Don’t discount old school catapults and other baiting methods though; if your fishing tends to be shorter range, no problem. Our recent blog on feeding methods is well worth a look here!
Casting out with a spod, spomb or Airbomb
Preparing to launch a spomb – smaller models can be cast on regular gear without needing an extra rod.
Image courtesy of Dom Garnett.
So you’re all tackled up and ready to cast out. What happens next? Well, the first cast or two can be where mistakes happen, so take time to prepare. Firstly, if you’re using braid, it will really help to wet your reel spool. Dry braid is more prone to catching the wind and tangling, so you want it to behave itself.
Start then, by casting an empty spod or spomb just thirty or forty yards and then literally dunking the reel in the water as you reel in under tension. This will help to get the braid damp and sitting cleanly on the spool. Even with mono, it’s worth making a couple of smoother, shorter casts and reeling in, just to ensure your line is laying evenly.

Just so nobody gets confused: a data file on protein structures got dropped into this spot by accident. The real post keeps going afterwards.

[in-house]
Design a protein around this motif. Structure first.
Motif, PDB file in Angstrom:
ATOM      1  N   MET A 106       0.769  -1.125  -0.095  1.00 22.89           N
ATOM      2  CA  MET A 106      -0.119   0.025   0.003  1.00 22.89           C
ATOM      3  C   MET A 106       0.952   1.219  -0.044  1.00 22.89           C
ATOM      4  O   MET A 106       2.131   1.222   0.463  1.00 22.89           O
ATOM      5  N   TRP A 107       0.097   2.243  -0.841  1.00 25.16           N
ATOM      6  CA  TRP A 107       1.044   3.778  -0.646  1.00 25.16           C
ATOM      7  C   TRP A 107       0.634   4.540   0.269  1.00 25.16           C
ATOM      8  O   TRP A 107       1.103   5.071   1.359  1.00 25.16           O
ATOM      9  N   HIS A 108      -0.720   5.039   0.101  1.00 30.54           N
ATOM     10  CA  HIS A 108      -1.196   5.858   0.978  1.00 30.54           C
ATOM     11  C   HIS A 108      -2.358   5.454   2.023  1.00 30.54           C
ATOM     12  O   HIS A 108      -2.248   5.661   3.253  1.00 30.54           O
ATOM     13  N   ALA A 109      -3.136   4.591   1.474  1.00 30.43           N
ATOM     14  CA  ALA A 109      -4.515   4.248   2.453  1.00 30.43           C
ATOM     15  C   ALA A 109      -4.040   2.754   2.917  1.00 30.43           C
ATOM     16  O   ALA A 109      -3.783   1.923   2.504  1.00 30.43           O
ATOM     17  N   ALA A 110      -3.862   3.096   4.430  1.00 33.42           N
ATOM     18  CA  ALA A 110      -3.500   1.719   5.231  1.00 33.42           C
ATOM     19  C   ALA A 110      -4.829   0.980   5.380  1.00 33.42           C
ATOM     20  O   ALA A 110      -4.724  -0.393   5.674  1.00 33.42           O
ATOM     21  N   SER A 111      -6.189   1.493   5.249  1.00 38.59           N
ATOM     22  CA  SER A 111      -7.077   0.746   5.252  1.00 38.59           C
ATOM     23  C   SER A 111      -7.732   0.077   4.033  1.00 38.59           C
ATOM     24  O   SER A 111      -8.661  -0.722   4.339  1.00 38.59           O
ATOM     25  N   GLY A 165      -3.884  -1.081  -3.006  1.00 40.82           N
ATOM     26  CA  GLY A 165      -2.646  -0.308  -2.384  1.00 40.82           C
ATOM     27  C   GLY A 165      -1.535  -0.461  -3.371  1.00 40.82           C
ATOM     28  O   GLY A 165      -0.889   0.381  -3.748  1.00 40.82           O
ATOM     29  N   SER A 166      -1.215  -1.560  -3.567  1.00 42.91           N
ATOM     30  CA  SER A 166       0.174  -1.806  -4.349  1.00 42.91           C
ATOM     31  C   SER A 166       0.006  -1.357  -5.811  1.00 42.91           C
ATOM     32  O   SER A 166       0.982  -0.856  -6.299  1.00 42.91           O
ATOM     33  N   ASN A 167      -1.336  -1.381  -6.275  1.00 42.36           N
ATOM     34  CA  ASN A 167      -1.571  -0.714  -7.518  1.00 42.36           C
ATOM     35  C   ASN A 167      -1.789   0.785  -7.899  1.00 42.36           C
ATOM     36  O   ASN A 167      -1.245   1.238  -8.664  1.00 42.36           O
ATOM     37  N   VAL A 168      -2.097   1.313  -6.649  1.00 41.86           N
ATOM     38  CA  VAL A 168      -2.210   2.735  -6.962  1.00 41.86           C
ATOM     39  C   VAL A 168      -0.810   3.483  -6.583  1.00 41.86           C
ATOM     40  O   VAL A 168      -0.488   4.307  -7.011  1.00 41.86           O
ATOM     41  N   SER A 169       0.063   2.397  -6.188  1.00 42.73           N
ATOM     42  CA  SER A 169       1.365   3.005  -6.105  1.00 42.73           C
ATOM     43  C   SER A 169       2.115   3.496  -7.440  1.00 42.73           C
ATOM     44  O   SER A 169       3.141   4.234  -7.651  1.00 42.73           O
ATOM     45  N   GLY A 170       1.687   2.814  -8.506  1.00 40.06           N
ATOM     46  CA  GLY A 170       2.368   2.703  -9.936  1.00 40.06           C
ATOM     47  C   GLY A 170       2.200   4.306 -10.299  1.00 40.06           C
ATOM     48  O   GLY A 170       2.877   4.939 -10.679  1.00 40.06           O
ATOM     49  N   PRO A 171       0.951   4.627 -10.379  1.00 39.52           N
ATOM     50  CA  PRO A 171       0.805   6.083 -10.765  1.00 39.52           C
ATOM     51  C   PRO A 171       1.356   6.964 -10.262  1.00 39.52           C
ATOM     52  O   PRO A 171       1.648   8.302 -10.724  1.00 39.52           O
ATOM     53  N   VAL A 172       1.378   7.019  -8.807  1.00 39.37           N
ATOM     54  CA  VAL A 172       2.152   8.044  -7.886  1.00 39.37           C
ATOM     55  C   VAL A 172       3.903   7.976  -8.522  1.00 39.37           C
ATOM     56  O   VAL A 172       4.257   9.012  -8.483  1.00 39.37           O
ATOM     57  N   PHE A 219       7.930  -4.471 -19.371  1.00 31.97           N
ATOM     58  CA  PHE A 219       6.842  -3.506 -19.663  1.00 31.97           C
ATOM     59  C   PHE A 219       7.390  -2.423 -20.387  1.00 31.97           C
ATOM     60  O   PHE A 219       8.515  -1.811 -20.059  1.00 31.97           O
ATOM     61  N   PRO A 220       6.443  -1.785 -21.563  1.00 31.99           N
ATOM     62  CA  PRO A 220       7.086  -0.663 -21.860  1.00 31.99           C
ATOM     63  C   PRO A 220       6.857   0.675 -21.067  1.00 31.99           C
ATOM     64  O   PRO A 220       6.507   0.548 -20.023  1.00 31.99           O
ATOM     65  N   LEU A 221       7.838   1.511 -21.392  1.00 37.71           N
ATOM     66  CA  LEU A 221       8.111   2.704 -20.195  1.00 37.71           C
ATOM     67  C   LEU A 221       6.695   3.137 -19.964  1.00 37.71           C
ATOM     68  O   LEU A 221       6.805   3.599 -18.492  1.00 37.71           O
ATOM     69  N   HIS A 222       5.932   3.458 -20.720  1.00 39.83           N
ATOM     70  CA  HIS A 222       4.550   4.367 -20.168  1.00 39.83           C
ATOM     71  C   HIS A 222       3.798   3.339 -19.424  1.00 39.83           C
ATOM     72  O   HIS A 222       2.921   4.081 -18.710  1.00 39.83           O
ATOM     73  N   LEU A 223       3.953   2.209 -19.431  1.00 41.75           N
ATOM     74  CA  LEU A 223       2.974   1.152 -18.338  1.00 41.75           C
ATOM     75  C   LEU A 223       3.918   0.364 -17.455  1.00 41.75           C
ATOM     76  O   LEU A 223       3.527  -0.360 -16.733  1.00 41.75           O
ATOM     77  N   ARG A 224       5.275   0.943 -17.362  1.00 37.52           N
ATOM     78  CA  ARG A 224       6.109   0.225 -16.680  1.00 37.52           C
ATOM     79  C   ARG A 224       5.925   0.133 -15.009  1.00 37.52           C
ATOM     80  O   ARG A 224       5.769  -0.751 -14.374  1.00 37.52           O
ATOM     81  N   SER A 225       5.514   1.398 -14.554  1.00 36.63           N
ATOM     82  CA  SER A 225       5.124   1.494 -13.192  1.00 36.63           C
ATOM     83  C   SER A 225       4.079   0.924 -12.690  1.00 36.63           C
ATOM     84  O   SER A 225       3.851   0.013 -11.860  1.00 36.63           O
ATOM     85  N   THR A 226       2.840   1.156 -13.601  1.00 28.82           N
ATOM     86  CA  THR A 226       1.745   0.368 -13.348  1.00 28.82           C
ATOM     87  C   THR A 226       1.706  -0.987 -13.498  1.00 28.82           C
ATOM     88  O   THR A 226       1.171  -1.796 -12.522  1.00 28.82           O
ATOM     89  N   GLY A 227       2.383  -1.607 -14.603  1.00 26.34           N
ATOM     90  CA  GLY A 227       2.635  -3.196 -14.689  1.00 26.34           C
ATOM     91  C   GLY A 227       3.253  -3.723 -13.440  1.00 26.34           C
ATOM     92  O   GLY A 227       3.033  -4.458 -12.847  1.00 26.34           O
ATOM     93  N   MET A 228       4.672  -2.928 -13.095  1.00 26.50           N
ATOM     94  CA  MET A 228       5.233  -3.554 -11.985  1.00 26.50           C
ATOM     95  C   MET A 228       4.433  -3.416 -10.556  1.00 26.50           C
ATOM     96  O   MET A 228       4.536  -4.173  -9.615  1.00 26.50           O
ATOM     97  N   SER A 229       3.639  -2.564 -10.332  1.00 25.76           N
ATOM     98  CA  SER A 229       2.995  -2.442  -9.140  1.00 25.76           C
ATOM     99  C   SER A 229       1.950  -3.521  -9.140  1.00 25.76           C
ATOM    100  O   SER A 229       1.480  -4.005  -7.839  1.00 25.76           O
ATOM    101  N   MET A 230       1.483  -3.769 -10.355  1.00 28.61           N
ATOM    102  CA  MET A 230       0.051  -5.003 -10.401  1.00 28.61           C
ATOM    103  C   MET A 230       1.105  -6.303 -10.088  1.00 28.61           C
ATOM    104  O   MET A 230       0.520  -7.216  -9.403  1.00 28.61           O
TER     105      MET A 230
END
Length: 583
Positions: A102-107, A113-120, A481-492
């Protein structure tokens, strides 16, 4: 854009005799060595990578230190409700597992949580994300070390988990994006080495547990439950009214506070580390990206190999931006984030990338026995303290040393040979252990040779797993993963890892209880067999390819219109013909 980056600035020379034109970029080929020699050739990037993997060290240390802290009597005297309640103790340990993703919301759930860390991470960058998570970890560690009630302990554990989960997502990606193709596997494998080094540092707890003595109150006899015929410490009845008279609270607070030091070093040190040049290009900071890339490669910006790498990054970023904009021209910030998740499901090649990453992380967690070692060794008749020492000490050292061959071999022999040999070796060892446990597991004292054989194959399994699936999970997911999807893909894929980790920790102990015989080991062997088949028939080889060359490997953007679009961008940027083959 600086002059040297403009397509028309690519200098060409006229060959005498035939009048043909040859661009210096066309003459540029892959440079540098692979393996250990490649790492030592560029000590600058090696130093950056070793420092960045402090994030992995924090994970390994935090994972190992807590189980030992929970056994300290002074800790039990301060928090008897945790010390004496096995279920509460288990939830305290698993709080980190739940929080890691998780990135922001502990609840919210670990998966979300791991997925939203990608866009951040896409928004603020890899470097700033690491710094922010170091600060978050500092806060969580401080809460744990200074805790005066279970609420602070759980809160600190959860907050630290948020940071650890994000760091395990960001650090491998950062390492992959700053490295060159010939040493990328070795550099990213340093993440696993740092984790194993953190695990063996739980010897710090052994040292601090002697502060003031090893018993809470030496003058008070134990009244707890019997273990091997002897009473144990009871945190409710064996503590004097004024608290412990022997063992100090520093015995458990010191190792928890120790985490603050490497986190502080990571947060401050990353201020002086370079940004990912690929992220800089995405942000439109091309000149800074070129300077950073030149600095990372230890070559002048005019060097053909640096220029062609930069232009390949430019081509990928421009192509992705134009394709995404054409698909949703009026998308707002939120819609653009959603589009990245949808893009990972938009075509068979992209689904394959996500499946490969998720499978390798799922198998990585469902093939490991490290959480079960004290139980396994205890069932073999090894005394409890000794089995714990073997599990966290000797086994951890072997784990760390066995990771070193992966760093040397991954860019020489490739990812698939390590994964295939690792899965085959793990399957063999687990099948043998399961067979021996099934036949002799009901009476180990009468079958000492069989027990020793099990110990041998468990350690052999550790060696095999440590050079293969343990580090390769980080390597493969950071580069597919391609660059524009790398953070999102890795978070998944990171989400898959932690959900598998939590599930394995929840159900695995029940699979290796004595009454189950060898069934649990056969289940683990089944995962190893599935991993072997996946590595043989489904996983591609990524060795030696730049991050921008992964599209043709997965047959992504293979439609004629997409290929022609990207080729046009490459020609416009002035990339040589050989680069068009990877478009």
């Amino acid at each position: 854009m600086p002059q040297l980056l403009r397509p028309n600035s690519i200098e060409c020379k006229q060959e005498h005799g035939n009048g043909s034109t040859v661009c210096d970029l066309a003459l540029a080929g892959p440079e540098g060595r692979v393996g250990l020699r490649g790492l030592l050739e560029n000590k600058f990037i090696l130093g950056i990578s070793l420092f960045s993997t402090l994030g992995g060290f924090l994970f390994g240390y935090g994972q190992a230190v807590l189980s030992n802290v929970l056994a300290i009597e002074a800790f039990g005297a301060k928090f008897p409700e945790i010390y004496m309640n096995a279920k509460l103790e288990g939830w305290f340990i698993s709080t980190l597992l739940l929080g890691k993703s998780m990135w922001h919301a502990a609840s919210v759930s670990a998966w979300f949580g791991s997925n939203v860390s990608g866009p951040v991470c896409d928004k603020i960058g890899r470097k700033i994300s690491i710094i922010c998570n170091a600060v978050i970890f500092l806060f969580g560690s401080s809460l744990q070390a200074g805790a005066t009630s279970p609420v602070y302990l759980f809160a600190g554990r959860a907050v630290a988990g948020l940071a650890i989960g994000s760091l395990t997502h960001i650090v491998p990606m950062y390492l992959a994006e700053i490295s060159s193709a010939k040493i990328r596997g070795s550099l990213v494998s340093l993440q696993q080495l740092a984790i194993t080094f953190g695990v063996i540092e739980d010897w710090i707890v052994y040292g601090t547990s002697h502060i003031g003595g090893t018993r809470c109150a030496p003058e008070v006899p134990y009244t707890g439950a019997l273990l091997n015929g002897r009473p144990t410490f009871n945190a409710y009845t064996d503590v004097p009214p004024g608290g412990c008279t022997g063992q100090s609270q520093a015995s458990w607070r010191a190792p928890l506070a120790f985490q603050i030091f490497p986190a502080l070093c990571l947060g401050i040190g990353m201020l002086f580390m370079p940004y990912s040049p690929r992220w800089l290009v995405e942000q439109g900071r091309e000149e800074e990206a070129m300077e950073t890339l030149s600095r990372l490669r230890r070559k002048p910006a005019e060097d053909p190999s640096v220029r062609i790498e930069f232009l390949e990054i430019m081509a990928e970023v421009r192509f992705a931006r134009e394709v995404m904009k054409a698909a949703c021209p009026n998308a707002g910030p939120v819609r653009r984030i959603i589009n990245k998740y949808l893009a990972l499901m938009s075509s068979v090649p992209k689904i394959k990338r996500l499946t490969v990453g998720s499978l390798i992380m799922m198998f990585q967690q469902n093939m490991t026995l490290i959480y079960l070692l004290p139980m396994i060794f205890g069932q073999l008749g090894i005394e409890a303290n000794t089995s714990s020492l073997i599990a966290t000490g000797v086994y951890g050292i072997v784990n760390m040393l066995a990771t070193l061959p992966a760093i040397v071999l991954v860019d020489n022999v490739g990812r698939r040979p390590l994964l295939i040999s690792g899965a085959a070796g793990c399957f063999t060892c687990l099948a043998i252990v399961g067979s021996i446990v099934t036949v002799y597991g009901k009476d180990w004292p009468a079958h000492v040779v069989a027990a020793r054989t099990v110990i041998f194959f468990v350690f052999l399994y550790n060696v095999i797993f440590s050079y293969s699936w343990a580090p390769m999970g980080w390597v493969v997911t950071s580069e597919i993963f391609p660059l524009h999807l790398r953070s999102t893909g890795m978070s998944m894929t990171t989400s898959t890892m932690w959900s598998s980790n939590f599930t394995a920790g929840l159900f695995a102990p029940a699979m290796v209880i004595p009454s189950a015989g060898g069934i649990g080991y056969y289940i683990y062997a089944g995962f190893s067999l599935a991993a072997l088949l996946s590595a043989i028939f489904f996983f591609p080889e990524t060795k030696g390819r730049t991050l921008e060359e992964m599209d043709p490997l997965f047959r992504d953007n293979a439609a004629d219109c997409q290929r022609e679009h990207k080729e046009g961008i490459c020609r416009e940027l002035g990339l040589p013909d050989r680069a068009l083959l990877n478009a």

As for the actual cast, it’s a case of keeping it smooth and controlled. There should generally be around half a rod length “drop” between the spod or spomb and the end of the rod. Try to come straight overhead with power but no sudden jerk of force. In many ways, the cast is very similar to casting out a rig with a heavy PVA bag attached – smoothly does it! If anything, you can aim a little higher if you’re casting a spomb, because you want it to land nose first and open cleanly on landing. Of course, if you’re using an Airbomb you’ll want a more direct cast which you’ll need to “break” just before the area you want to target. The Airbomb will open mid-air and fire your bait into the desired spot.